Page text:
- Nov 29, 2012
I was just trying to help.
This statement is a bit broad.Tarantulas can go months without water, this shouldn't be a problem.
It's a bit wide, but a well keeped tarantula won't have much problems with it, even humidity loving species will survive a while without water.This statement is a bit broad.
If the tarantula is of a species who appreciates a higher humidity, it may not last months without water. If the tarantula is poorly fed or refusing food and the abdomen is on the small side the risk dehydration is higher.
Generally, I just try to get a good look at the abdomen. Nice and plump, I can be lazy and refill/spray on a later date. On the smaller side or wrinkly, definitely want to get some water in that cage.
I am fairly new to this hobby, only a few months, and I got about half way through before I knew you were leading a lot of people down the wrong path. And as was said earlier, the worse thing you can do is provide misinformation. You went the wrong way with it and copy and pasted info that is very misleading. And that is just as bad as the people who wrote the information about it in the first place. I don't want to sound mean but maybe you should have consulted with others via PM's before posting on here this ridiculousness that could easily get other newbies confused and may lead to some otherwise avoidable deaths.I was just trying to help.
This is pretty much all you need to know about keeping a B. albopilosum:Ok, my turn. From my memory real quick. I will have to correct it most likely. If it is wrong in anyway please go ahead and mention it. This forum is like a classroom for me. I am just trying to learn. I have searched the net for days and found conflicting info. I am not teaching, I am asking. A HUGE POST.
The Honduran Curly hair is a CITES listed tarantula. What that means to us who are only keeping it as a display pet, is that the tarantula cannot be imported or exported without permit. The Brachypelma Albo. lives in areas with cloud forests and mountainous forests, so it's humidity should be kept high at around eighty percent. Terrestrial spiders such as the Brachpelma Albo. require substrate in which to burrow as well as to maintain hydration. The tarantula will drink water from the substrate. Providing a shallow water dish without the aide of a sponge is encouraged by hobbyists and is required by the tarantula. The habitat should have length but not be too large for the spider. An enclosure that is too large will prevent the spider from being able to find it's food as a young spiderling as well as pose difficulty for an adult. The habitat should be at least twice the length of the entire spider. Several inches of substrate, three to five, should be adequate. Providing a heat source is not always encouraged as the sources for heat are not marketed for tarantulas and many if not all reptile and amphibian heat source products should be avoided. Products for hermit crabs, the under the tank heaters have registered as having a temperature of 100 degrees f itself and are marketed for kritter keeper plastic habitats, while they have not melted plastic, that I am aware of, the warnings indicate the heaters are to be used on glass. On glass the temperature rises to 96.9 degrees f which could be higher on depending on glass thickness and is used above the substrate line to provide air temperature that can range as high in the mid eighties on very cold days with varying factors. These heaters do pose a risk. While not encouraged or necessarily thwarted, it is a zoo med product that I personally have used with great success with tarantulas. It is preferable to heat the whole room the tarantula is in however not everyone is tolerable of an increase in temperature and willing or able to do that either due to personal medical reasons or financial ones. Nothing hotter than about 88 degrees f for this tarantula?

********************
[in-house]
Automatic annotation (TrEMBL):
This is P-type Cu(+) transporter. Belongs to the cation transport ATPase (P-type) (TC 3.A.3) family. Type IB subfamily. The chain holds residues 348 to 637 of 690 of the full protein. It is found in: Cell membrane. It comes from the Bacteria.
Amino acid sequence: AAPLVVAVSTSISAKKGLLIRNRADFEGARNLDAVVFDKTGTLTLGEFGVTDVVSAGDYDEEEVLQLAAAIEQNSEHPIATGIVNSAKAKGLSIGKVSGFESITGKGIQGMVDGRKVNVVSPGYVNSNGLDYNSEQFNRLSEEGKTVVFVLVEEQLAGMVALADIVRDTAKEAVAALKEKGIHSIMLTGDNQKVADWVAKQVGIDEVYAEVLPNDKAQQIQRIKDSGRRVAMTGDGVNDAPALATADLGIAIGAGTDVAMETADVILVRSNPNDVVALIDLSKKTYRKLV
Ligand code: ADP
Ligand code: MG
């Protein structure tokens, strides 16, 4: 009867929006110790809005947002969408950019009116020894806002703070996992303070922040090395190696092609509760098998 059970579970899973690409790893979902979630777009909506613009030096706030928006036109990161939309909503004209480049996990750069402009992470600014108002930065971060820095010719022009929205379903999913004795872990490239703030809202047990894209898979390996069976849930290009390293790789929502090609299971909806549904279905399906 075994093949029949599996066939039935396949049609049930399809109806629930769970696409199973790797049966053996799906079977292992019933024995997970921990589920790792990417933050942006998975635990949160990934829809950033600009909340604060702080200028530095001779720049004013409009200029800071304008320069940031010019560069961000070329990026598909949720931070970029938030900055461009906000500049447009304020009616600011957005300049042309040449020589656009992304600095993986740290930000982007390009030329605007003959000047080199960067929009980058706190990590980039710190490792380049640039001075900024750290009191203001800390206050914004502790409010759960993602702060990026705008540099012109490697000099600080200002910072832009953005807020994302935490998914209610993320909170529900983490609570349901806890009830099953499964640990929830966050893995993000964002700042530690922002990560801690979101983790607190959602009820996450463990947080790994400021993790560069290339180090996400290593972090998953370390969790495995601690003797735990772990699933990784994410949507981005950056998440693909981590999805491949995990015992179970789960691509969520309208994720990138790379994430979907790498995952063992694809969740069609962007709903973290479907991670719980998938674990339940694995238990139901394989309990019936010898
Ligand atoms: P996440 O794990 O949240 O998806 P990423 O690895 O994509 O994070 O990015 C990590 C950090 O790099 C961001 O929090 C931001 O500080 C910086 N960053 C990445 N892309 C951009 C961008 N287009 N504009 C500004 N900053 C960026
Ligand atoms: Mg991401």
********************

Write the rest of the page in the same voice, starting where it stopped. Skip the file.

Honduran Curly Hair Tarantula females are long lived to an age averaged to be about twenty years. Males only live a few years until they reach maturity. Costa Rica, Nicaragua, Honduras and Central America are the locations where Honduran Curly Hair tarantulas have been found to be native. The cleared areas of rain forest or tropical scrub land are the places the tarantulas are found because of and due to habitat loss.